The Edmonds School District Board of Directors heard a report Tuesday from Executive Director of Business and Operations Stewart Mhyre on a recent task force meeting designed to come up with three suggestions for a name.
Those attending the meeting included staff, students, parents, Board Member April Nowak and community members.
A brainstorming session of attendees yielded a large list of different names that eventually was narrowed to three proposed names:
- Woodway Heights Campus,
- Edmonds Community School
- Woodway Community Campus
There seemed to be a consensus of Board Members that keeping the name Woodway was important, especially given that it is the site of the old Woodway High School.
“It’s an important place,” said Board Member Ann McMurray. “It is important that it stay the Woodway name.”
Superintendent Nick Brossoit suggested a fourth alternative – Woodway Campus – that he felt was shorter and simpler.
Edmonds Heights — which serves home-schooled students district-wide — shares the site with Scriber Lake High School and several other district programs.
The Board likely will make a recommendation on the name at its Aug. 11 meeting.
In other reports:
– The Board listened to a first reading of the 2015-16 budget from Mhyre. With the state budget finalized, Mhyre and his staff now will be able to plug in numbers into the district’s budget.
The district may need to adjust staffing levels for K-3 classrooms, depending on how the final legislation regarding staffing levels is interpreted. There is a chance the district will need to add staff to satisfy student/teacher ratios or move staff around.
Mhyre noted that enrollment drives revenue for the district. In looking at the annual average FTE enrollment history, the district reached its highest enrollment in 1970-71 with 28,076 students and then suffered a significant decline that bottomed out in 1985-86 with 16,117 students. Since then enrollment has gradually increased and is projected to increase from 19,369 in 2014-15 to 19,754 in 2015-16. But most of that increase can be attributed to additional full-day kindergarten with a number of schools doubling their kindergarten enrollment. If kindergarten enrollment is taken out, student enrollment has been flat the last few years.
The district receives 67.7 percent of its revenues from the state with 22.2 percent coming from the local maintenance and operations levy and 6.6 percent from the federal government. Teaching was 61.2 percent of the expenditures with support activities 13.8 percent and teaching support 13.3 percent. Salaries and benefits accounted for 83.1 percent of expenditures with contract services at 10.2 percent and supplies and materials at 6.5 percent.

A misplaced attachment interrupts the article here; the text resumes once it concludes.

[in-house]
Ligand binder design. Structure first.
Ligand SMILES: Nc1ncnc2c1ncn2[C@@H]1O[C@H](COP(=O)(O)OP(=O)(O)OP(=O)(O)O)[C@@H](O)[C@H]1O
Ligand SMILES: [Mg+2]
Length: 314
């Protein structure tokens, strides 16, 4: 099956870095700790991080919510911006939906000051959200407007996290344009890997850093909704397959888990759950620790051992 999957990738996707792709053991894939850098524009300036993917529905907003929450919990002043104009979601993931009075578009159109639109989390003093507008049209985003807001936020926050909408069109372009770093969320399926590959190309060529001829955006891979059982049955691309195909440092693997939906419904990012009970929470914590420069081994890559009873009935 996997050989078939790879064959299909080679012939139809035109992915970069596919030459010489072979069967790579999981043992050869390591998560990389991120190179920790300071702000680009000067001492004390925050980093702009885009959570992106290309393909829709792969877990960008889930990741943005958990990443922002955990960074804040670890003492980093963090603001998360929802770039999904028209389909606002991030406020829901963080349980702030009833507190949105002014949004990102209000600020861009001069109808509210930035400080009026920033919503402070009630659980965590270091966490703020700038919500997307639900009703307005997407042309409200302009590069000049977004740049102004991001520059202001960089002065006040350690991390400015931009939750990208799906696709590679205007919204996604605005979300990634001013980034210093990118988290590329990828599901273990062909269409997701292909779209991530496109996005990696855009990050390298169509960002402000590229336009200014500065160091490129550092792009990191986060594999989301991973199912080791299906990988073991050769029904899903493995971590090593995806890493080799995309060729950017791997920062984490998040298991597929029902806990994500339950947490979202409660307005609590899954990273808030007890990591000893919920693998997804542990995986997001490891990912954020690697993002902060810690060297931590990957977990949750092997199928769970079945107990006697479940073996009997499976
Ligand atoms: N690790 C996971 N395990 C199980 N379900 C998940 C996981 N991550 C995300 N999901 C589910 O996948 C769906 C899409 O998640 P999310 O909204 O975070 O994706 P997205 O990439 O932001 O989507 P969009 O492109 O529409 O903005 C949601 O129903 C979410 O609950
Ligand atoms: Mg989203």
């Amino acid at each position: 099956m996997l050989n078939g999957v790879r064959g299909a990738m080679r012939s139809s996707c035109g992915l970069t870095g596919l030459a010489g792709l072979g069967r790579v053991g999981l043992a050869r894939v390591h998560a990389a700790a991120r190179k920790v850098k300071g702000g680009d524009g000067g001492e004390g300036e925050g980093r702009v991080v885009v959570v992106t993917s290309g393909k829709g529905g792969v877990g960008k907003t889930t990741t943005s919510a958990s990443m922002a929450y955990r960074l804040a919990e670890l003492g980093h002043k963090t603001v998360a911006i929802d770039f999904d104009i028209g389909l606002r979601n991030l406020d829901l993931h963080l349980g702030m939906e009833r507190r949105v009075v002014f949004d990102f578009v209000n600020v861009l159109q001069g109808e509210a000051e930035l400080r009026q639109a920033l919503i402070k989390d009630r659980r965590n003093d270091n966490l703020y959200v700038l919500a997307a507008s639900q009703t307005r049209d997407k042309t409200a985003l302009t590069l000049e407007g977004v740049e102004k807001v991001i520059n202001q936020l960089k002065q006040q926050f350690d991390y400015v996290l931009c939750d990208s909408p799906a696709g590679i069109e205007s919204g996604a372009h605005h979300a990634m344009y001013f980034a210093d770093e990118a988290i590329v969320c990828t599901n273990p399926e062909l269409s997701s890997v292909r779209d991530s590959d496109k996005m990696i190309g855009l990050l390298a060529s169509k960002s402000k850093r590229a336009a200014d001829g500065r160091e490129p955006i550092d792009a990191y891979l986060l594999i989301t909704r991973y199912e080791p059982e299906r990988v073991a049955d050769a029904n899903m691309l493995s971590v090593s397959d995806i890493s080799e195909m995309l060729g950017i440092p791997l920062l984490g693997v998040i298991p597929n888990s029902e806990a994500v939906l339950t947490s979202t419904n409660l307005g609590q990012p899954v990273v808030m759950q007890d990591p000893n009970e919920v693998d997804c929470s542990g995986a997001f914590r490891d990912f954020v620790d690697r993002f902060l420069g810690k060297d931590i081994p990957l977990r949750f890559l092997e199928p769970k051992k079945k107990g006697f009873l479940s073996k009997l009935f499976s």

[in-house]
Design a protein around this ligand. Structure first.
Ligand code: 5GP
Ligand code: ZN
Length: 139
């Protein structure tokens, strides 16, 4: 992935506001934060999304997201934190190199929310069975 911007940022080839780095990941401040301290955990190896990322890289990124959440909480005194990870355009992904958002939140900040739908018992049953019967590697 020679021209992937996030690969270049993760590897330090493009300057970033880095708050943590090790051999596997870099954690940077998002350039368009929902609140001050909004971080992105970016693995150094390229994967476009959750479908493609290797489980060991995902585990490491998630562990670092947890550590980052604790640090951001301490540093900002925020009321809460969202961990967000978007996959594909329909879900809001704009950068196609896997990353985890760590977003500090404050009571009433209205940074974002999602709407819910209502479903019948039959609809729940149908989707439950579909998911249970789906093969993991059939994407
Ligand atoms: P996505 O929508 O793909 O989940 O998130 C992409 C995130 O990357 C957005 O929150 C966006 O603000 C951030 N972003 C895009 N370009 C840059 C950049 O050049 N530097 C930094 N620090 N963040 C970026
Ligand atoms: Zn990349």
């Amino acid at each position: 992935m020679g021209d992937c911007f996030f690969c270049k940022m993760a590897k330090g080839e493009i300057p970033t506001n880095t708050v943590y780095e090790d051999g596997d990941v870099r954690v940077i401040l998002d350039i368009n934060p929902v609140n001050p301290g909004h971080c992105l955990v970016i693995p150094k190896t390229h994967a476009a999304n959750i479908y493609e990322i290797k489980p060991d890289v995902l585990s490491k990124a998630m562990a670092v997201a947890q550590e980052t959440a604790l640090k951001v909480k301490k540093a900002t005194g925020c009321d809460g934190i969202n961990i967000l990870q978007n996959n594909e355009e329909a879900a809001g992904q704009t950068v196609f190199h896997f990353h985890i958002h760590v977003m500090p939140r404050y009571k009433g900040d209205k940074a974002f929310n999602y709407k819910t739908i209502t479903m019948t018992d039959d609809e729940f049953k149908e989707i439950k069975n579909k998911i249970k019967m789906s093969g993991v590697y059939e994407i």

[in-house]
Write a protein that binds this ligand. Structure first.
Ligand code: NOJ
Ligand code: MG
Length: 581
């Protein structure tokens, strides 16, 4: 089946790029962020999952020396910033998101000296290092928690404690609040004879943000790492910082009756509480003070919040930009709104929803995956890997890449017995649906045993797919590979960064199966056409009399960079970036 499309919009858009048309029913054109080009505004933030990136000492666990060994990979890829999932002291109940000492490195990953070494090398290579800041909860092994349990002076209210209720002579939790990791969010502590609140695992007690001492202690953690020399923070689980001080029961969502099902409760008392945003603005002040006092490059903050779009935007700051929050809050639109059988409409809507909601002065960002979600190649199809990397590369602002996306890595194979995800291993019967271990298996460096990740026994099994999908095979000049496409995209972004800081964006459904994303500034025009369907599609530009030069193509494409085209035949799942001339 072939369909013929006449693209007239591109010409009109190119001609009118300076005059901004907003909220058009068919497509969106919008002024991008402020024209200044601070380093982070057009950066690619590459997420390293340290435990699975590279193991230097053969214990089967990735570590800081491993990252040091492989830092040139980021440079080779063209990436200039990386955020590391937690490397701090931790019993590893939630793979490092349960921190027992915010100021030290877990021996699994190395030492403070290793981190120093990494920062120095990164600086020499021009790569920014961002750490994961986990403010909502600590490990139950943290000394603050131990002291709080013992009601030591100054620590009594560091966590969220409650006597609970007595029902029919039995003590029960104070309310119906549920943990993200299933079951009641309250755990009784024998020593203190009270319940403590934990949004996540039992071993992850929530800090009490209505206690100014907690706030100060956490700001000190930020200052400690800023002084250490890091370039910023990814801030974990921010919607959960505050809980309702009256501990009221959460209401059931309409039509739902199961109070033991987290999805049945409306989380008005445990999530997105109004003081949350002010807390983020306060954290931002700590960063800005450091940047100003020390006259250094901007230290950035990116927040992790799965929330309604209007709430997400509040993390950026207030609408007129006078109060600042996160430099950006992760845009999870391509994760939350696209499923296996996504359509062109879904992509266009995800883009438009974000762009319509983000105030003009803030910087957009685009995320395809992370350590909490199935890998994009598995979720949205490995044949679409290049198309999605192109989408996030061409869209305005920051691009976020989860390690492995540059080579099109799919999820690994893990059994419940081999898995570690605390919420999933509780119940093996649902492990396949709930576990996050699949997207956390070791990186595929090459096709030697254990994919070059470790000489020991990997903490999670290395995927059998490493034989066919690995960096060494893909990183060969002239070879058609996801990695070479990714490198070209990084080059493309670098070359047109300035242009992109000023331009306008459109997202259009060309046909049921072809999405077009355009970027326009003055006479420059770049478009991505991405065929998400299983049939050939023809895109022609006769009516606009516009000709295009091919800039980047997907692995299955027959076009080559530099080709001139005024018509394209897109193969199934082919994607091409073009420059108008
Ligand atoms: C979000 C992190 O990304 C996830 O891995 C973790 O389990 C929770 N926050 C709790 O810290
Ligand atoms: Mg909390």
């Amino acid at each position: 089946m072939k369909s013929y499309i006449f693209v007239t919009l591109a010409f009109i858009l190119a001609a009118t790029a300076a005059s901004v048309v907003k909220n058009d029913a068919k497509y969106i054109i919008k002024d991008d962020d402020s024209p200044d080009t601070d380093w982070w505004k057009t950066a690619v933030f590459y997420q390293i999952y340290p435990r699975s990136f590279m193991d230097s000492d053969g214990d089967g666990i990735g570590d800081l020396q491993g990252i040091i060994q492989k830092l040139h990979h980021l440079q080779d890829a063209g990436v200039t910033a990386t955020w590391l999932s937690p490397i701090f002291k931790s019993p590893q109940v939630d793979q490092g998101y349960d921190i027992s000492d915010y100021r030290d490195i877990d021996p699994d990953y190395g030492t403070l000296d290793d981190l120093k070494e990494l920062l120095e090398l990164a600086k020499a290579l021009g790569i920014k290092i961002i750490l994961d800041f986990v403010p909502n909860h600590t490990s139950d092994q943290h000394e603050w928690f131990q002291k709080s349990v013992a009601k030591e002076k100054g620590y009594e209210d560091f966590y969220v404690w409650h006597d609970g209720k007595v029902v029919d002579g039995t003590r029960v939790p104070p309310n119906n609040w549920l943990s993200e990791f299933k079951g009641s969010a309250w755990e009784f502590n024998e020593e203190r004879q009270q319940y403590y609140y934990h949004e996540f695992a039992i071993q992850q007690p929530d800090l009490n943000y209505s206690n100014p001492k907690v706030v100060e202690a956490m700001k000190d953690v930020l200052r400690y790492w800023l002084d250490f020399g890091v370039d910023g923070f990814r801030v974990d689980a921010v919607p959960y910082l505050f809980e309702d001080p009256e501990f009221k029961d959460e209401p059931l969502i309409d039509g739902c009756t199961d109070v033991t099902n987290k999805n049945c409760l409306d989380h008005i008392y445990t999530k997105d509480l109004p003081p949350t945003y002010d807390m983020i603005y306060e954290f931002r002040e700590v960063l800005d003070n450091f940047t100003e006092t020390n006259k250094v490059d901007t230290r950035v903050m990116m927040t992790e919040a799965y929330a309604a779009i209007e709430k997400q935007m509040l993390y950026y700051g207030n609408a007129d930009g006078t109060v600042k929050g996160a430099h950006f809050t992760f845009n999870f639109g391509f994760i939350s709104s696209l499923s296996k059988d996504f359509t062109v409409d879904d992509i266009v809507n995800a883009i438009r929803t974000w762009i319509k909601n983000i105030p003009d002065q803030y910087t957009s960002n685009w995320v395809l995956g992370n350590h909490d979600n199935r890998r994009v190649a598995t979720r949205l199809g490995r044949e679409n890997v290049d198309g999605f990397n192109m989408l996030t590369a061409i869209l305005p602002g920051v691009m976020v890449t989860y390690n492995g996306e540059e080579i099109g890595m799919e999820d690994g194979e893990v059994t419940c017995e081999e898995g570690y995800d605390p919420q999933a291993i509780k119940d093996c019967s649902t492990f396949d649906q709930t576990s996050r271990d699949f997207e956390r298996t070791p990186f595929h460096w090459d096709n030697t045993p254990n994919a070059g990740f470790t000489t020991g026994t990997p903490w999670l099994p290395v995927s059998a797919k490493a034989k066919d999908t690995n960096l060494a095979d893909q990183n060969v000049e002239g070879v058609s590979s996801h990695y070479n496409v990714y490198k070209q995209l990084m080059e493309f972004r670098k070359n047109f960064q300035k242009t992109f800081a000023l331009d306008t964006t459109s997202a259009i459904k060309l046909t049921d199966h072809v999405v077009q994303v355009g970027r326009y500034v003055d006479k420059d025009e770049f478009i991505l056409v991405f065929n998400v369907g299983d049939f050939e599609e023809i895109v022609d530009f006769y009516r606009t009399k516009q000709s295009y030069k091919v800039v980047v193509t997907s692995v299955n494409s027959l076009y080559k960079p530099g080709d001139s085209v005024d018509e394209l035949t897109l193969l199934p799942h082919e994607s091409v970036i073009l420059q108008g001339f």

The second reading of the budget will be at the Aug. 11 meeting.
– Mountlake Terrace High School teacher Vince DeMiero and former Hawkeye editor Nick Fiorillo provided a review of some of the successes of the Hawkeye student newspaper. At a national convention in Washington, D.C. the Hawkeye took sixth place in special edition newspaper, was second in website and six staff members earned recognition. Two stories were honorable mention for story of the year.
At the Washington State Convention, five staff members were honored for their individual work. DeMiero noted that two students from Brier Terrace Middle School also earned awards. Fiorillo was named state journalist of the year, the second time a journalist from the Hawkeye earned the award.
Fiorillo was one of six national runner-ups for national journalist of the year at a convention in Denver. Mountlake Terrace High School was recognized with the First Amendment Press Freedom award, one of six schools in the country to receive the award. DeMiero told the board that school board policy and support from the administration were among the criteria. The Hawkeye’s website took fifth and 12 staff members received awards in the nation write off competition.
Fiorillo was one of 50 students, one from each state, selected to attend the Al Neuharth Free Spirit and Journalism Conference program last summer. The Hawkeye has sent the last four students from the state, including this summer.
– The district will be updating and changing some of its Community Use Facility Fees. Every two years the Facilities and Operations department does a rate comparison with neighboring districts to evaluate community use of facilities fees. Rates are generally adjusted to near the midpoint. Fee increased are tied to covering the district’s costs.
– The district will be updating its logo and branding. The Board saw three different proposed new logos from Lynn Brofsky Design. A decision on the new logo likely will be made by the Board at its Aug. 11 meeting.
– The Board unanimously approved the Project and Preliminary Budget Authorization for the Replacement of Madrona K-8 School. The District plans to begin initial planning with school community in the fall of 2015.
– By David Pan